Saturday, October 15, 2016

Randi Weingarten Response: There is 'Hope That ESSA Will Bring Positive Change To Classrooms' - Larry Ferlazzo

Response: There is 'Hope That ESSA Will Bring Positive Change To Classrooms' - Classroom Q&A With Larry Ferlazzo - Education Week Teacher:

Response: There is 'Hope That ESSA Will Bring Positive Change To Classrooms

The new "question-of-the-week" is:
What practical impact do you think The Every Student Succeeds Act will really have in the classroom?
The Every Student Succeeds Act is the successor to No Child Left Behind.  Regulations are still being worked out, but many educators - including me - wonder if it really will have any kind of impact on our work in the classroom.
Today, Randi Weingarten, Barnett Berry, Morgan Polikoff, Erik M. Francis, and Jacki Gran off their responses to the question.
You can listen to a ten-minute conversation I had with Barnett and Morgan on my BAM! Radio Show. You can also find a list of, and links to, previous shows here.
I have a few specific concerns of my own about the new law, particularly related to its impact on English Language Learners. I'm concerned that the demand that ELLs be reclassified and moved out of support programs in five years will harm many of our students, a concern highlighted in a brand-new study described elsewhere in Education Week.
You might also find these other resources useful:
Now, onto today's guests:
Response From Randi Weingarten
Randi Weingarten is President of the American Federation of Teachers:
This is exactly the right question to ask, and exactly the question that should guide policymakers and administrators as the law is implemented.
That said, what happens in classrooms will depend a lot on whether states and school districts embrace the opportunity ESSA presents to do a real reset and to partner with teachers, parents, and community members to really rethink how we teach, and how we reach, each child.
Though the law is not perfect, the AFT supported its passage, as it tempers the testing fixation, prohibits the federal government from continuing policies that increased high-stakes testing, and maintains the commitment to equity that started with Lyndon Baines Johnson and the first ESEA--deploying $15 billion to help level the playing field for kids in need, so they too can be provided opportunities to be prepared for life, college and career. ESSA turns the page on the broken policies of No Child Left Behind, NCLB waivers and Race to the Top.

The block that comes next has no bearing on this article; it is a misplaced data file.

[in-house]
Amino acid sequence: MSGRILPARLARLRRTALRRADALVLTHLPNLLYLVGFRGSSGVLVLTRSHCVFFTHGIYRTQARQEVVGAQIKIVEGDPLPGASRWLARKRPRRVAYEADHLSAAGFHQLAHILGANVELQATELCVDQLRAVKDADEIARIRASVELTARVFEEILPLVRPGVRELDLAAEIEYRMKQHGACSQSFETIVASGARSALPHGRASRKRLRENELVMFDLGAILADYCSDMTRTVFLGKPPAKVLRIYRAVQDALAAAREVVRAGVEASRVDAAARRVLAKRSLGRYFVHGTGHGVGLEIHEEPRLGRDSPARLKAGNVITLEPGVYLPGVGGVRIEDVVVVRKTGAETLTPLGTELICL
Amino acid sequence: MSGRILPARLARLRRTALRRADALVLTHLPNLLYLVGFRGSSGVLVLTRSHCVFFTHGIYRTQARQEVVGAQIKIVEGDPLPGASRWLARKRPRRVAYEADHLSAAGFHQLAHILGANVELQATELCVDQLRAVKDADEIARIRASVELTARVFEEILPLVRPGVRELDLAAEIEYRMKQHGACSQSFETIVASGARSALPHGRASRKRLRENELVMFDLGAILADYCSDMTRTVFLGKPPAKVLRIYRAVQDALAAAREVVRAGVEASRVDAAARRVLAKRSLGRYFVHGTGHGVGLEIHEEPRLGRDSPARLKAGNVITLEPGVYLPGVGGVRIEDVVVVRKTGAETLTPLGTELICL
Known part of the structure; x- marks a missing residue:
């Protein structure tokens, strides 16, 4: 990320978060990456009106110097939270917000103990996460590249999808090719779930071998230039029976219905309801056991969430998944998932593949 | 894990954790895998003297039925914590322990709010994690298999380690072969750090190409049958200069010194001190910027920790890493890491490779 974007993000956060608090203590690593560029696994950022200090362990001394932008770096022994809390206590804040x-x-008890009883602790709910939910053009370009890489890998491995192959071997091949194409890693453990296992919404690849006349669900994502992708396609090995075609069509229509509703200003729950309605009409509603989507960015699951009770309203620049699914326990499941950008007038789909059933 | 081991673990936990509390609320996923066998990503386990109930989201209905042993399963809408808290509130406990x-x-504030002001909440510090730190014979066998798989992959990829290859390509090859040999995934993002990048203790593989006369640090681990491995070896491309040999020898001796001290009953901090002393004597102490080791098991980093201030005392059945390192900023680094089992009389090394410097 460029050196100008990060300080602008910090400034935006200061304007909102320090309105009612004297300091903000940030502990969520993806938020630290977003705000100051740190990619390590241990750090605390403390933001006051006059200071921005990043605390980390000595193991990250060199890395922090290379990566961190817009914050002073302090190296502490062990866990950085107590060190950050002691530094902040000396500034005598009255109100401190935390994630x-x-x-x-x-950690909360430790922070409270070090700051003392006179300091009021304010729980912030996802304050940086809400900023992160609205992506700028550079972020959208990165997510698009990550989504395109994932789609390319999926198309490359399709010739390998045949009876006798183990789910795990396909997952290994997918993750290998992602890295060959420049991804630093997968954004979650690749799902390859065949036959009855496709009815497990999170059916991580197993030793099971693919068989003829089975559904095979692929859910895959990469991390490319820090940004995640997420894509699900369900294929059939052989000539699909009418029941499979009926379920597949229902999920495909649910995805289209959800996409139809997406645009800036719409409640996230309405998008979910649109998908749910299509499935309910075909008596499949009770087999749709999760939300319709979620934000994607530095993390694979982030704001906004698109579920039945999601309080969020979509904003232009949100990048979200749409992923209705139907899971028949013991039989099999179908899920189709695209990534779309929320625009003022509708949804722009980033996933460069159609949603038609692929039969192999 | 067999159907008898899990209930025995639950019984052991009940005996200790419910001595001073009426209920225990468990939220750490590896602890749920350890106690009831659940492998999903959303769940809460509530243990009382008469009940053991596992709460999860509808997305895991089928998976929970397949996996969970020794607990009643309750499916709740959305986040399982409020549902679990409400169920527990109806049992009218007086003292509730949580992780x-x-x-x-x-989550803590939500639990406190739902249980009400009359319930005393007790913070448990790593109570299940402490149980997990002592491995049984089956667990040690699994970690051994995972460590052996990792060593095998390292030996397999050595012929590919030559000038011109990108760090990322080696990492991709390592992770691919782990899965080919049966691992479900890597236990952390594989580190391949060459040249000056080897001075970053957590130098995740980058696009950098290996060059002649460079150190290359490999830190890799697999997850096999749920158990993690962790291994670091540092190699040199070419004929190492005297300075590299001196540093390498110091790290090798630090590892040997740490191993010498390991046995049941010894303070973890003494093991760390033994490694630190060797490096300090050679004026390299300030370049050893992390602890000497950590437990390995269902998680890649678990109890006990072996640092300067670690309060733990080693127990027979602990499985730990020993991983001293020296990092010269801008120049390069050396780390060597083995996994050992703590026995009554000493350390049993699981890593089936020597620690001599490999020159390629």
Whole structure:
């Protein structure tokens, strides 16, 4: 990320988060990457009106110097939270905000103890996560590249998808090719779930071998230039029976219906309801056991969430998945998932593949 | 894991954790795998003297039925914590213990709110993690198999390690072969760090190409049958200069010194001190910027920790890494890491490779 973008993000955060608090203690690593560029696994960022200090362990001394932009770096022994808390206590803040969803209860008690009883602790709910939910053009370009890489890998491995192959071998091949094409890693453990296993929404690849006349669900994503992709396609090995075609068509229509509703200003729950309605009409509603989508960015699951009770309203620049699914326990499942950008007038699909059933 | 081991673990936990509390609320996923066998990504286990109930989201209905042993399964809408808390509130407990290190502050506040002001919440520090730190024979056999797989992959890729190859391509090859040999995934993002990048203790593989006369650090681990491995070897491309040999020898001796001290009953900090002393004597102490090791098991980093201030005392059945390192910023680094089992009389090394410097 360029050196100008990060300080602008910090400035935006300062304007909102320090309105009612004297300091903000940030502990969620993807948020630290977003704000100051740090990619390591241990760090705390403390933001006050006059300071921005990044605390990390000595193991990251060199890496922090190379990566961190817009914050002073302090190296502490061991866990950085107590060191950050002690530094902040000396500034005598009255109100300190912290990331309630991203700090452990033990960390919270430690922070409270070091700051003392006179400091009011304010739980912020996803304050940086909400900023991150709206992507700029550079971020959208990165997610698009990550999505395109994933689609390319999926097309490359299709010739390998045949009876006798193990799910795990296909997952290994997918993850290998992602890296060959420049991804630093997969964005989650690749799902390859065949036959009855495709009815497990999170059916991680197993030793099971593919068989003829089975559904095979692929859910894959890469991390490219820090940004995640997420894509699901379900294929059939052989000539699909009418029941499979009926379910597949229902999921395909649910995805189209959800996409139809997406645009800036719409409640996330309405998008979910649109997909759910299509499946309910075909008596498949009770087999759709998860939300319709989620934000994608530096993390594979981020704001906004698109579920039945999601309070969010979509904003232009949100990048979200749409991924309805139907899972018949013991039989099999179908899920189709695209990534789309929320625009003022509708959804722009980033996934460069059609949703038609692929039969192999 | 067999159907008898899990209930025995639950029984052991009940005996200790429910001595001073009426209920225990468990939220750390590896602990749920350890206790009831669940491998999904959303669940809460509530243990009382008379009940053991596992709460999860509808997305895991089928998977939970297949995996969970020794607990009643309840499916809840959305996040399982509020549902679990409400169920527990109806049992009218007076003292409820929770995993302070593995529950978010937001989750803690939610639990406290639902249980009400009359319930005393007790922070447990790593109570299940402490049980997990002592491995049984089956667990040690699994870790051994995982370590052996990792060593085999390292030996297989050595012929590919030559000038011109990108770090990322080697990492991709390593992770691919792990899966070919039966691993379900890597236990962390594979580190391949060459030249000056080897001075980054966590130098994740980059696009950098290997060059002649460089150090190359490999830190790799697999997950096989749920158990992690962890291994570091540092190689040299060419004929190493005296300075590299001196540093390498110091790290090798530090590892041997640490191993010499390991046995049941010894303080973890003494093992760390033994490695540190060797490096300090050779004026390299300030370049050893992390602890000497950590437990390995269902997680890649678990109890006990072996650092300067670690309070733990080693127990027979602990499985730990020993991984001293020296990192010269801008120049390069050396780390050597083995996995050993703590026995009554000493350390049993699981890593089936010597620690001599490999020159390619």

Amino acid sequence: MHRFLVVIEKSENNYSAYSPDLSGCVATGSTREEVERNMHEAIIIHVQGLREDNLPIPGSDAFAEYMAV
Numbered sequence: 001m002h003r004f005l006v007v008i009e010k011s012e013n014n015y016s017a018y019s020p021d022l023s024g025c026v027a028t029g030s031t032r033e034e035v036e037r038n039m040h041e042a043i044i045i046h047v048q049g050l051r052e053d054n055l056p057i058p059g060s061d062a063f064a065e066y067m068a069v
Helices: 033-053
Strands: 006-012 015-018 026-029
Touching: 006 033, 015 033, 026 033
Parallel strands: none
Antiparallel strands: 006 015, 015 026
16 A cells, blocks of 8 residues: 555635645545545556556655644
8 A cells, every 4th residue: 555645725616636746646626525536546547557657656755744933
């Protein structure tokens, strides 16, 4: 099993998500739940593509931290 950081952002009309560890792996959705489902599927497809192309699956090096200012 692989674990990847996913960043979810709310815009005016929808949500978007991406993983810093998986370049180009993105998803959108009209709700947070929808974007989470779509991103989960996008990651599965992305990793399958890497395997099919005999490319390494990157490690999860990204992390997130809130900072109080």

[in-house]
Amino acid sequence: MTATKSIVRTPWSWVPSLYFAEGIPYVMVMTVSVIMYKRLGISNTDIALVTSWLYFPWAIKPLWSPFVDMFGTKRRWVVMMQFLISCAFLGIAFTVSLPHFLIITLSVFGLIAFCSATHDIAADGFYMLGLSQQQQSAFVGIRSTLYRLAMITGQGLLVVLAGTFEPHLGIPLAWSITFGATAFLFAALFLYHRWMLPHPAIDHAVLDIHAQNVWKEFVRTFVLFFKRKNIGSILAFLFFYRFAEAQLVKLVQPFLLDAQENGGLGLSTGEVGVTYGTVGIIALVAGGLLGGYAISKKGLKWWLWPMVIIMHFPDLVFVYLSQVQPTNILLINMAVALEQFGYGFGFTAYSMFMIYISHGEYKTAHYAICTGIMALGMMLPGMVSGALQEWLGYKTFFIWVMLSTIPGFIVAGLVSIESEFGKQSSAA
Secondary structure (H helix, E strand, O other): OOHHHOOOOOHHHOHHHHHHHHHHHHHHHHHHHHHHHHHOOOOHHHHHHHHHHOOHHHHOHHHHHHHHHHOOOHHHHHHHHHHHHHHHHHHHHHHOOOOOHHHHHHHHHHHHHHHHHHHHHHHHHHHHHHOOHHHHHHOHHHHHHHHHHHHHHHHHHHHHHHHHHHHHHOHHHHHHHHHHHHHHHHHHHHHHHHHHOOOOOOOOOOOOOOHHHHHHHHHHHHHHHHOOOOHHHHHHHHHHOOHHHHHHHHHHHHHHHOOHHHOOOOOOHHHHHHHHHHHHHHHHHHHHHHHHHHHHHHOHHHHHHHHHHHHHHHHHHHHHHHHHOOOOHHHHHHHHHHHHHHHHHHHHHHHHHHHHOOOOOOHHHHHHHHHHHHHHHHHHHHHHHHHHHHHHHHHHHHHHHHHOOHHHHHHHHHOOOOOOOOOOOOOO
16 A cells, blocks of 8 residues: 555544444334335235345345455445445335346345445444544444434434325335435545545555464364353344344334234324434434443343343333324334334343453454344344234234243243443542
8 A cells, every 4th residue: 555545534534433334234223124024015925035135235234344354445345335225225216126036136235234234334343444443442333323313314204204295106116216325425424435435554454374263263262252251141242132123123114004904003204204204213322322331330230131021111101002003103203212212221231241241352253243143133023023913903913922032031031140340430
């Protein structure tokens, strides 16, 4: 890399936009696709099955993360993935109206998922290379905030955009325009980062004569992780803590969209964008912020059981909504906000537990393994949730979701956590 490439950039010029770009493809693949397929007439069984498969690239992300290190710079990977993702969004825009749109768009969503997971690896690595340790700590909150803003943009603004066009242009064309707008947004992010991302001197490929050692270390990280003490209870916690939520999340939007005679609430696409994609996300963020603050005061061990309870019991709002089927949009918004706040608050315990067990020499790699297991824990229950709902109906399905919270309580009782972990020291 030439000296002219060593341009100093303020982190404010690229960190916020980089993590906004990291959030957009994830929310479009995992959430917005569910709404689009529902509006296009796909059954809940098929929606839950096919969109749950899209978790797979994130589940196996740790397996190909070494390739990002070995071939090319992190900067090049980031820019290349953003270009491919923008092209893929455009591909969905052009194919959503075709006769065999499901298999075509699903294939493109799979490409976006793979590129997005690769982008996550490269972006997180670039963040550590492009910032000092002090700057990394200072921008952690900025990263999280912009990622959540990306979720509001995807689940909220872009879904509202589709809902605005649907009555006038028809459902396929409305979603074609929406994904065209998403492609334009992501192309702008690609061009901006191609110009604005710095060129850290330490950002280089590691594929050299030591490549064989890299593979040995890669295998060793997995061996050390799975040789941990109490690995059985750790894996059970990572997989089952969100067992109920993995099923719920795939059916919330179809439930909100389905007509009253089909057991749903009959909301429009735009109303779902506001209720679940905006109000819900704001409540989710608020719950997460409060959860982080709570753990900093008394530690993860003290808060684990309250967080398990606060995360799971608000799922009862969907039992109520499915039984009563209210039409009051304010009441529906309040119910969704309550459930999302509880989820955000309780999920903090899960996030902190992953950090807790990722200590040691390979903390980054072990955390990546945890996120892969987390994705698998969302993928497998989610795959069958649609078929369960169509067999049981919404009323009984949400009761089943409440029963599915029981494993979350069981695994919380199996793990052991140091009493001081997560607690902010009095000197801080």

The AFT has advocated getting the law right and our membership has demonstrated how important the law is through its advocacy. AFT leaders and members testified in front of Congress and at several congressional district-level town hall meetings; more than
200 rank-and-file members and leadership visited their members of congress in person; more than 20,000 responded called their member of congress, and AFT members took more than 100,000 actions online, including nearly 20,000 comments submitted to Congress.
This union fought, on behalf of our 1.6 million members and the students we serve, for the end of test-and-sanction policies that were suffocating schools, demoralizing teachers and students, and creating anxiety for parents. We are now working to ensure the U.S. Department of Education properly regulates the law and that states, districts and schools implement it in a way that achieves the potential of ESSA: that every public school is a place where parents want to send their kids, where students are engaged, where the curriculum is rich, where joy is taken in teaching and learning--and where, ultimately, all children succeed.
States now have much greater power than they have had under No Child Left Behind. That means they have a chance to fight to maintain the status quo--despite calls from parents, teachers, students, business leaders and community members for change.
But some states, I hope most states, will recognize the law for what it is--an opportunity to strengthen our public schools, to increase equity, to adapt and to innovate; an opportunity to broaden the conception of schooling that has been so narrowed under No Child Left Behind, Race to the Top and waivers, and move toward preparing all students for college, career and citizenship.
But right now, an opportunity is all it is. I really believe in the promise of ESSA as it was conceived - but as we all know, the devil is in the details. Implementation will make or break this law. And for those states that would rather maintain the status quo, we must come together to speak loudly for our students and our schools.
When we talked to AFT members about ESSA in December, we found out that their biggest fear about the new law was that "nothing will change." That's pretty telling - and I can't blame teachers and school staff for feeling that way. But here are a few ways I hope ESSA will help bring positive change to our classrooms: